August 22, 2012
The latest economic update from the Congressional Budget Office almost perfectly crystallizes the challenge before lawmakers: Cut the deficit or create jobs, but you’ll struggle to do both at the same time.
Navigating the fiscal cliff at the end of the year led the CBO to create two different scenarios about what the economy would look like next – which show how severe the tradeoff would be and whether we’d prefer to endure some economic pain now or later.
“The sharp increases in federal taxes and reductions in federal spending that, under current law, are scheduled to begin in calendar year 2013 are likely to interrupt the recent economic progress, resulting in what would probably be considered a recession,” CBO director Douglas Elmendorf blogged after the release of the report Wednesday morning.
Under the standard baseline scenario, all of the lower tax rates first introduced by President George W. Bush expire, Medicare payments to physicians are reduced, and the budget sequestration goes forward from last year’s compromise to raise the debt ceiling.
The deficit plunges next year to $641 billion in a $3.55 trillion budget. That’s almost $500 billion lower than the 2012 deficit. Outstanding federal debt held by the public – which doesn’t include intra-government holdings – drops from 73 percent of GDP to 58 percent a decade from now.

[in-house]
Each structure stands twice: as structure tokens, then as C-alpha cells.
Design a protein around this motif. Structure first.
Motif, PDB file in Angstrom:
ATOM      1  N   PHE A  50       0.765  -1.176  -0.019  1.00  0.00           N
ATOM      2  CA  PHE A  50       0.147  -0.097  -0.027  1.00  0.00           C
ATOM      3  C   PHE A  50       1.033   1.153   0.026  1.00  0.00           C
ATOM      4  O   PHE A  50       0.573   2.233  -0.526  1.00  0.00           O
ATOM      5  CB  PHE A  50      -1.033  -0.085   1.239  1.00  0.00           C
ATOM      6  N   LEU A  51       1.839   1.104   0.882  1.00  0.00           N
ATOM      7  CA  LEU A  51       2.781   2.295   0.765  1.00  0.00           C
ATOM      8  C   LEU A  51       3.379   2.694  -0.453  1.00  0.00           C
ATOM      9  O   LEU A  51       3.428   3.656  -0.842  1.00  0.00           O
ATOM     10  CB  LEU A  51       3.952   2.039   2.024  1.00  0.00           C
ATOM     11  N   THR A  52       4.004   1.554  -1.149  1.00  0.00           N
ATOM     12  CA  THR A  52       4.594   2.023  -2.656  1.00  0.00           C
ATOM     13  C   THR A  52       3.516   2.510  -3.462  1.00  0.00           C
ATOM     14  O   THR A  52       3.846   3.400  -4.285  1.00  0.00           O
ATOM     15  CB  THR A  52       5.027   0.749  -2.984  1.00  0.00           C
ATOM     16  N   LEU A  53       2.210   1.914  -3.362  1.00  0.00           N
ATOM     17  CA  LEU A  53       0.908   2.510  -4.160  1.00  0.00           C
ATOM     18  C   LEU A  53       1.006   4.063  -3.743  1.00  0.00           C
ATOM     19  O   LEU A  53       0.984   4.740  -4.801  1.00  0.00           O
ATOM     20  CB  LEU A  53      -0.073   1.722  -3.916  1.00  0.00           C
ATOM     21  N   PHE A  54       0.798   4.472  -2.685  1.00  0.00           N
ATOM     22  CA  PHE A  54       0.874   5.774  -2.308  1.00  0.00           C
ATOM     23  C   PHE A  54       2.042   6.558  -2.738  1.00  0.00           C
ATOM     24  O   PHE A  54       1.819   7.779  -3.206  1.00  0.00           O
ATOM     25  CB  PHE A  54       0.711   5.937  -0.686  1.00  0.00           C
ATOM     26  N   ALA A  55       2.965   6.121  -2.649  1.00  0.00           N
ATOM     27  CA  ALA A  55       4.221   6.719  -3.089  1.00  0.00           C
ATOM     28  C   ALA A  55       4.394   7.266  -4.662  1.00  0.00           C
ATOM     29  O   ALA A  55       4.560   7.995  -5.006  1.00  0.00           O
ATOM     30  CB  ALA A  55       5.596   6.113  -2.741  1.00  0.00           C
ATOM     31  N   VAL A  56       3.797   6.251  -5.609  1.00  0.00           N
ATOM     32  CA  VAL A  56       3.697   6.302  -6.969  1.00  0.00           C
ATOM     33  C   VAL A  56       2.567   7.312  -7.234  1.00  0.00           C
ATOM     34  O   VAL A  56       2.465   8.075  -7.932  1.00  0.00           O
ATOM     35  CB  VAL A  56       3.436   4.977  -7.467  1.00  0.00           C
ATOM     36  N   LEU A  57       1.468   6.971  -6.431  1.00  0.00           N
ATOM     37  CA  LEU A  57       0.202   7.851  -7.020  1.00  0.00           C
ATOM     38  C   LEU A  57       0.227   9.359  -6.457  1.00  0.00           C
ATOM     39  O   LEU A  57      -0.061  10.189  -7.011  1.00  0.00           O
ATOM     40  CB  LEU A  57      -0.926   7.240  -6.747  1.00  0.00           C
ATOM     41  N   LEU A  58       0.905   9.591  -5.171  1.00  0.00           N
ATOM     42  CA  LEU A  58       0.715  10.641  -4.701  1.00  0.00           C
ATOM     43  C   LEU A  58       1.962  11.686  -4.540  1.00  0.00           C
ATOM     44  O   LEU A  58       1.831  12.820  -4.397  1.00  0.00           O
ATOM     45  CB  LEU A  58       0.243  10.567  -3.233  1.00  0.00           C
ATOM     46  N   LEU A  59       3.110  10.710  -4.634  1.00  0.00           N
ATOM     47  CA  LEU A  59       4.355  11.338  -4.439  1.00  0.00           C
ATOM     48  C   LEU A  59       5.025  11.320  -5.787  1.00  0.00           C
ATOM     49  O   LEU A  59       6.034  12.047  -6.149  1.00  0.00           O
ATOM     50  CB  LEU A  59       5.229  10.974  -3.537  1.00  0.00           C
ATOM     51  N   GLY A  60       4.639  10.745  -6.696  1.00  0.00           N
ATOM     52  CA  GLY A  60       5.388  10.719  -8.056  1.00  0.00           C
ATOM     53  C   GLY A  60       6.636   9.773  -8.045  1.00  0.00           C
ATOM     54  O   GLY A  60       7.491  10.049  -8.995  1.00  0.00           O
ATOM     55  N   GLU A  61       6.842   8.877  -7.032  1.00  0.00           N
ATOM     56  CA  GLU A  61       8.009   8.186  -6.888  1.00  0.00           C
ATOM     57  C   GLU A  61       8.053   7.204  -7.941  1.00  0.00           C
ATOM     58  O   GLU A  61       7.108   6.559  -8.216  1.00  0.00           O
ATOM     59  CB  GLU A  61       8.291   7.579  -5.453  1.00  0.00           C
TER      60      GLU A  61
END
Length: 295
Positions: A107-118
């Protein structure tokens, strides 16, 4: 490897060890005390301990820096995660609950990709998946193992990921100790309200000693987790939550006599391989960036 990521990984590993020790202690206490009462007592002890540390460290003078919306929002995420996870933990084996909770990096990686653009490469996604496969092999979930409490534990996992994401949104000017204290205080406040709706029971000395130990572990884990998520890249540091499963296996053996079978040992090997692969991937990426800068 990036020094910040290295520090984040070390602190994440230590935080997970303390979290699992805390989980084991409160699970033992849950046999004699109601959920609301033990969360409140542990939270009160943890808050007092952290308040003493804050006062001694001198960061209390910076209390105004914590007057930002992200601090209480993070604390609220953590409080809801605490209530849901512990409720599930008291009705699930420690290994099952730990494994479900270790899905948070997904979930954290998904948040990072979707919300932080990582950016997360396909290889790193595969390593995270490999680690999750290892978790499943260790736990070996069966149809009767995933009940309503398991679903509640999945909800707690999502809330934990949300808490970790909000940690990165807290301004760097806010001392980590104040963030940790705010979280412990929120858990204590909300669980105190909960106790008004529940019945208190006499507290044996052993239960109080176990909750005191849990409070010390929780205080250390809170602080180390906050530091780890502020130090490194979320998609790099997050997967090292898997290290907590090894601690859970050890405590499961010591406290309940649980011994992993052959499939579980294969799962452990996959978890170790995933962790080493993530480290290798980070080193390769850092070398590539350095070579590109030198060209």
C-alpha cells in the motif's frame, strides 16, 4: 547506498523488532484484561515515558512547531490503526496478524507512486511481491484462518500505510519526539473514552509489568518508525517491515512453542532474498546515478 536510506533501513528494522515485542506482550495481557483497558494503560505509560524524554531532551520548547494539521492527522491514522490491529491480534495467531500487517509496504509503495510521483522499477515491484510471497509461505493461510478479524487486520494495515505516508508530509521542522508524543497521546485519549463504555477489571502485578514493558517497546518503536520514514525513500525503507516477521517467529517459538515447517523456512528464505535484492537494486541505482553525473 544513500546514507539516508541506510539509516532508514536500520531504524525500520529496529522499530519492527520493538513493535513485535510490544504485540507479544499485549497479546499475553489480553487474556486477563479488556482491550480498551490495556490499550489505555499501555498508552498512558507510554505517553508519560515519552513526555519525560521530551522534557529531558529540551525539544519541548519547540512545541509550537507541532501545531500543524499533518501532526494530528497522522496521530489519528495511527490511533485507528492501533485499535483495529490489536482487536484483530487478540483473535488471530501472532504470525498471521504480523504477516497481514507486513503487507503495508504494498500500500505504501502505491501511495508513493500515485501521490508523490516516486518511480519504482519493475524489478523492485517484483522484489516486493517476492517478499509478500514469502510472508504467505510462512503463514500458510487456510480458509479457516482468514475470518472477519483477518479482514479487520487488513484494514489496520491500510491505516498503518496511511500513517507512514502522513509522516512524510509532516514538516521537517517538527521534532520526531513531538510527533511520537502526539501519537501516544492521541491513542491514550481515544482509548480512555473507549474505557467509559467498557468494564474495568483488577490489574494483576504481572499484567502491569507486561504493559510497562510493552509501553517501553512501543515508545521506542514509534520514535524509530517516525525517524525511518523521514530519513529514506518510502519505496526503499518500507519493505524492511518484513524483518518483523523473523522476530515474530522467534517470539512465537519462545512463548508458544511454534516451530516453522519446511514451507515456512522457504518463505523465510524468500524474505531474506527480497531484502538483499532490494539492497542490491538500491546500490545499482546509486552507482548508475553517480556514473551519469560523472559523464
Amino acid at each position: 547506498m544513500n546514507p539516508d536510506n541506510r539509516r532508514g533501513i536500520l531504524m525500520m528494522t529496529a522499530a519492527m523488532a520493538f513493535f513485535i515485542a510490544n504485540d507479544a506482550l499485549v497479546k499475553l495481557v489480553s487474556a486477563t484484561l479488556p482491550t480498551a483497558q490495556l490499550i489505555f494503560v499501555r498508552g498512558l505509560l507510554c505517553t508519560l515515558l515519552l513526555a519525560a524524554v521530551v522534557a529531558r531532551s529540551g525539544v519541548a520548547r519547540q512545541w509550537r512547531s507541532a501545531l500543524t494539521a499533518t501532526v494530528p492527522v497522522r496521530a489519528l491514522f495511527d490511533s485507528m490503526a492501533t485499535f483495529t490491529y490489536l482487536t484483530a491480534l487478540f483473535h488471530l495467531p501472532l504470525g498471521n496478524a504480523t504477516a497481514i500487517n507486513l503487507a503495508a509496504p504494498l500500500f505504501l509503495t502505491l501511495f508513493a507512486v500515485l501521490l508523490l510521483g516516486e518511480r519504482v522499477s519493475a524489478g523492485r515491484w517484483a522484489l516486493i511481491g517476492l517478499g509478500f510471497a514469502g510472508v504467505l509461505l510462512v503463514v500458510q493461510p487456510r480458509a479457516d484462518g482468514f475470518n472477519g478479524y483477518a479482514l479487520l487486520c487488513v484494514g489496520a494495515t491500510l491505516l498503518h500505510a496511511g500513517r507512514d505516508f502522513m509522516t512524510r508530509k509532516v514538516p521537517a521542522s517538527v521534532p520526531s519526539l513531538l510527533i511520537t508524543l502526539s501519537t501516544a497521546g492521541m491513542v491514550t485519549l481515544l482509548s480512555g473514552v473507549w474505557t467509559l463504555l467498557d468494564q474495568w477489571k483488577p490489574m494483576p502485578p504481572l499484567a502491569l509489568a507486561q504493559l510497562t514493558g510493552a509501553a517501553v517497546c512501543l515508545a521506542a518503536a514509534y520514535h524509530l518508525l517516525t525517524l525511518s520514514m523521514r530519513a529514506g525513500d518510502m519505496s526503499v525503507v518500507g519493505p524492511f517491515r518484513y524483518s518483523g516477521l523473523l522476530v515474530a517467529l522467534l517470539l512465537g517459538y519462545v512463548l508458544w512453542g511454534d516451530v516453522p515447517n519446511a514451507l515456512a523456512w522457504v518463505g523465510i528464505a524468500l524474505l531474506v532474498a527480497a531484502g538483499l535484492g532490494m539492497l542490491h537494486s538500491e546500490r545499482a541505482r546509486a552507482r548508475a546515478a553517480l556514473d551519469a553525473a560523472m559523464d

But the economy seizes up next year in a recession, the CBO projects. Gross Domestic Product falls outright by half a percentage point over 12 months and unemployment climbsing back above 9 percent. The unemployment rate would only approach its current level of 8.3 percent around the end of 2014.
It’s a glimpse into what would happen if negotiations between Republicans and Democrats at year end break down. In order to extend the lower tax rates only for Americans earning less than $250,000 a year, Sen. Patty Murray, D-Wash., has proclaimed that her fellow lawmakers are prepared to jump off the fiscal cliff.
The CBO’s “alternative” envisions a world where the White House – occupied by President Obama or Republican challenger Mitt Romney – assumes that the expiring tax provisions are continued indefinitely and a deal is brokered to sidestep the automatic spending cuts from sequestration. Those tax hikes for households earning more than $250,000 – a defining element of the Obama platform – never happen.
The deficit would stay above $1 trillion for a fifth straight year, and debt gets piled on to dangerous new highs.
But GDP would increase at 1.7 percent in 2013, an anemic pace but still better than the recession forecasted under the other scenario. And by the end of 2014, unemployment would fall to 7 percent, a level that would be reached two years later using the standard CBO baseline.
“Ultimately,” the CBO report concludes, “the policies assumed in the alternative fiscal scenario would lead to a level of federal debt that would be unsustainable from both a budgetary and an economic perspective.”